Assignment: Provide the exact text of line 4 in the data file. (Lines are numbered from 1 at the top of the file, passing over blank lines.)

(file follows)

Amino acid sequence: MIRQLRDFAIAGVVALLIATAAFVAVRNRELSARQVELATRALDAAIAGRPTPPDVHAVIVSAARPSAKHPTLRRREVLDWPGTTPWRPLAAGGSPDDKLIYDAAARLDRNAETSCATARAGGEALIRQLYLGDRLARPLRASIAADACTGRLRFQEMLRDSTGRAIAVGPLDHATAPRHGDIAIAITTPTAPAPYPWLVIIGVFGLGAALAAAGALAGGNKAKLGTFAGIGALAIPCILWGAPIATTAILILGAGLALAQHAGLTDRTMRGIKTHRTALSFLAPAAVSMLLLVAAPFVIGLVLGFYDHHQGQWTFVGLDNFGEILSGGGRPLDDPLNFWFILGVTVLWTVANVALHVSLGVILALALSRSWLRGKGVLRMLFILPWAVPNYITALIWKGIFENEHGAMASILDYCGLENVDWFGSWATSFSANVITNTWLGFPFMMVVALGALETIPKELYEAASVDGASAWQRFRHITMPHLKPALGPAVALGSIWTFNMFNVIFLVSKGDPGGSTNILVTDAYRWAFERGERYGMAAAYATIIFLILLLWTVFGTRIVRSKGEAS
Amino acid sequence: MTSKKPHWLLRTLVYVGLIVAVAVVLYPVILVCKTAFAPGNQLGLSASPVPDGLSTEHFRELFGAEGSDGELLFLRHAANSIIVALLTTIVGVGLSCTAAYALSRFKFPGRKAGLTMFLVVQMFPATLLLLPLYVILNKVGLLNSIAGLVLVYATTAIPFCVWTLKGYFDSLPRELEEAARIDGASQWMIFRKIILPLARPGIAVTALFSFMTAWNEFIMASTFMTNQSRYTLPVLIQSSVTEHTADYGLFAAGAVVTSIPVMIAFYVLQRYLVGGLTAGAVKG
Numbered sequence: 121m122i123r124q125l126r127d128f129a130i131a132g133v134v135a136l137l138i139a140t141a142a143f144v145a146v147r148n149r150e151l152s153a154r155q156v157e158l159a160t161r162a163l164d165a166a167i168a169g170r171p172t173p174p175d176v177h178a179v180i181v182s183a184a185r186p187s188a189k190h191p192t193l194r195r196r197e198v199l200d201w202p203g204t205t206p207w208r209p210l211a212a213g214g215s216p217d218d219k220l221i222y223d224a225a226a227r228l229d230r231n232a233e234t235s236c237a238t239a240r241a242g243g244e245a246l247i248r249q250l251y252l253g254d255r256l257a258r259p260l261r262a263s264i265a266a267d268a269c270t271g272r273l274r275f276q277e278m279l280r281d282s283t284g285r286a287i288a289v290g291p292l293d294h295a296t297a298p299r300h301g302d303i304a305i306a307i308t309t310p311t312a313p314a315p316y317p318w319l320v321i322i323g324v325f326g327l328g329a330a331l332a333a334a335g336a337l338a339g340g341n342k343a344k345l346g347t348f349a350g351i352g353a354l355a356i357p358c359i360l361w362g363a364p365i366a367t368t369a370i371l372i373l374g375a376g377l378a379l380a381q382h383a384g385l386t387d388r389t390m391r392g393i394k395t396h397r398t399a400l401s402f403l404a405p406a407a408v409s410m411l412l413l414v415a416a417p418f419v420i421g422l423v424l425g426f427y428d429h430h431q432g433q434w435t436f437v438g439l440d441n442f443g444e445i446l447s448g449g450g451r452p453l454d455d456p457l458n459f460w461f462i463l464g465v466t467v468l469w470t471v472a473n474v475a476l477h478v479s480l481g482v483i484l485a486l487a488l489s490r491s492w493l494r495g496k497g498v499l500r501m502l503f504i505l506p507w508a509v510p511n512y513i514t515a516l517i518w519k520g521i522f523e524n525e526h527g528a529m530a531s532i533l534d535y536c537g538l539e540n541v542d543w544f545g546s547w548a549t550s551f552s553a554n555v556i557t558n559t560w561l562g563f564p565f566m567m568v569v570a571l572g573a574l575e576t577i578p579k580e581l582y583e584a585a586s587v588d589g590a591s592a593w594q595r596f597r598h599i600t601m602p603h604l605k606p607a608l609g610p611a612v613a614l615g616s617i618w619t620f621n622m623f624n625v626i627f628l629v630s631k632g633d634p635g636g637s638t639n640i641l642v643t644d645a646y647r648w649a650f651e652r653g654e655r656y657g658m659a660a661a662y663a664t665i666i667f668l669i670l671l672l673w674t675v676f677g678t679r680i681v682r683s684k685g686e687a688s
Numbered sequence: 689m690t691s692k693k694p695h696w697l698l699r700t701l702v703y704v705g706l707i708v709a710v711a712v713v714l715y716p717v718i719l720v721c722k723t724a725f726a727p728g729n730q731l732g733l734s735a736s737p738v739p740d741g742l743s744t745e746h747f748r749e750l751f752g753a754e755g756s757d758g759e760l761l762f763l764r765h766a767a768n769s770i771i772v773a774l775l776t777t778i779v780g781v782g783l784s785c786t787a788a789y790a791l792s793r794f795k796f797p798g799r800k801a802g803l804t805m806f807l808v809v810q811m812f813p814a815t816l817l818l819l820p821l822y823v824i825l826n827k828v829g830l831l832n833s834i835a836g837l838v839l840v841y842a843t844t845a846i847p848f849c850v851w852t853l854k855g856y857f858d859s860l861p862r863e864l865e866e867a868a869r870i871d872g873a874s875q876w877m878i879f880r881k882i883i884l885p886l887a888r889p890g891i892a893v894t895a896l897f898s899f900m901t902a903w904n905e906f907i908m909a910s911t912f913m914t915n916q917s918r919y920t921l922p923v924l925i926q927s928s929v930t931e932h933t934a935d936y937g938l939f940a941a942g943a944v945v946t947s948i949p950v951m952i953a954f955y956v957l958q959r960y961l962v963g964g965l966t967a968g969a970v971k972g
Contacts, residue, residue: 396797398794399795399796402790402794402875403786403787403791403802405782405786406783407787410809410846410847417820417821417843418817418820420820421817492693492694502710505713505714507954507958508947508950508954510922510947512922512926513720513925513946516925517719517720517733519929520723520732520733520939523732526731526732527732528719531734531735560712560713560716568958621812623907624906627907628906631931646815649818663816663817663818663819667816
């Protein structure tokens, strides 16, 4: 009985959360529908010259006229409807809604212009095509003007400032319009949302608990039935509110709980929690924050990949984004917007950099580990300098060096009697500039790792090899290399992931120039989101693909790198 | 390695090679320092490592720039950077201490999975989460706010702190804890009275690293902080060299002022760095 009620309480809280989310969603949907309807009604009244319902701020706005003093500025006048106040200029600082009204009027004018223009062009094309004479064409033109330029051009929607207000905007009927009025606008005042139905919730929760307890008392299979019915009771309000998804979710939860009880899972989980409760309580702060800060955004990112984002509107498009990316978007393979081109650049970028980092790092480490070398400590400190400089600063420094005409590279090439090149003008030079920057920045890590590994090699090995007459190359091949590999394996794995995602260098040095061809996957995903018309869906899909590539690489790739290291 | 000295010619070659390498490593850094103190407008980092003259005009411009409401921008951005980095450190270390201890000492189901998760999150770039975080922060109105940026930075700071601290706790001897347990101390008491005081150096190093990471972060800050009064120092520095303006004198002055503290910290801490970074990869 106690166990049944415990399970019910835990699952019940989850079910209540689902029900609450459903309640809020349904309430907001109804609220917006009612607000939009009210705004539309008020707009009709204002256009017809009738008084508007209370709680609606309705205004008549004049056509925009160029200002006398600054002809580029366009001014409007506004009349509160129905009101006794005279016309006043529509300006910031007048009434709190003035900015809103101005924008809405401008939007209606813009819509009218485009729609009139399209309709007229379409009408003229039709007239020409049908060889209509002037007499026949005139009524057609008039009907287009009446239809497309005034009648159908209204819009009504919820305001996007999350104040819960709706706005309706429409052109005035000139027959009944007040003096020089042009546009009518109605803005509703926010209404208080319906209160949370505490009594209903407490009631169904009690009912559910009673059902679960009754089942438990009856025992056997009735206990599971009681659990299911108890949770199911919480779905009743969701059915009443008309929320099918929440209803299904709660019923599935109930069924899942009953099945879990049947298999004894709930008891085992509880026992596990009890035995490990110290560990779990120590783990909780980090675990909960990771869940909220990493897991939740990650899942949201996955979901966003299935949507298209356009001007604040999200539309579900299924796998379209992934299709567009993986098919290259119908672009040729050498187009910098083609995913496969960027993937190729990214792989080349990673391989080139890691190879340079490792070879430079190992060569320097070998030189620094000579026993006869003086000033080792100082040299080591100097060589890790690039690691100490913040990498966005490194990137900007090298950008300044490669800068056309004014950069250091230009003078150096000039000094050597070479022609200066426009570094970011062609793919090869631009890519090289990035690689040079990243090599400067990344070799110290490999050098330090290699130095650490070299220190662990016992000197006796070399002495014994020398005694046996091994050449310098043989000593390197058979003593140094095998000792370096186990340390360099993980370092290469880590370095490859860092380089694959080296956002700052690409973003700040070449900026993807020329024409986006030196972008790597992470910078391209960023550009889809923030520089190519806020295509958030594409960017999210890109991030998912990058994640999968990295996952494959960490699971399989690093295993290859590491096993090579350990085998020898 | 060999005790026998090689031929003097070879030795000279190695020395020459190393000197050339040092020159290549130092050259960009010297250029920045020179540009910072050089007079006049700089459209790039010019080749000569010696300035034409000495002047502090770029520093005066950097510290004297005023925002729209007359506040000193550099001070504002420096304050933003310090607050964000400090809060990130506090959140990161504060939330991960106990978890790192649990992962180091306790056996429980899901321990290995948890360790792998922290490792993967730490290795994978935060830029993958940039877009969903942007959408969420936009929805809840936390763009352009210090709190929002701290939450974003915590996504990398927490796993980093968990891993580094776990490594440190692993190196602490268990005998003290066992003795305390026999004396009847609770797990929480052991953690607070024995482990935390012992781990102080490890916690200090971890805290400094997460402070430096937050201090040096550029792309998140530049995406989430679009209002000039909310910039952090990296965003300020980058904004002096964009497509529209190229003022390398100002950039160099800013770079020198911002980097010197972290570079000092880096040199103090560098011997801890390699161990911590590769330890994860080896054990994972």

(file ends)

Numbered sequence: 689m690t691s692k693k694p695h696w697l698l699r700t701l702v703y704v705g706l707i708v709a710v711a712v713v714l715y716p717v718i719l720v721c722k723t724a725f726a727p728g729n730q731l732g733l734s735a736s737p738v739p740d741g742l743s744t745e746h747f748r749e750l751f752g753a754e755g756s757d758g759e760l761l762f763l764r765h766a767a768n769s770i771i772v773a774l775l776t777t778i779v780g781v782g783l784s785c786t787a788a789y790a791l792s793r794f795k796f797p798g799r800k801a802g803l804t805m806f807l808v809v810q811m812f813p814a815t816l817l818l819l820p821l822y823v824i825l826n827k828v829g830l831l832n833s834i835a836g837l838v839l840v841y842a843t844t845a846i847p848f849c850v851w852t853l854k855g856y857f858d859s860l861p862r863e864l865e866e867a868a869r870i871d872g873a874s875q876w877m878i879f880r881k882i883i884l885p886l887a888r889p890g891i892a893v894t895a896l897f898s899f900m901t902a903w904n905e906f907i908m909a910s911t912f913m914t915n916q917s918r919y920t921l922p923v924l925i926q927s928s929v930t931e932h933t934a935d936y937g938l939f940a941a942g943a944v945v946t947s948i949p950v951m952i953a954f955y956v957l958q959r960y961l962v963g964g965l966t967a968g969a970v971k972g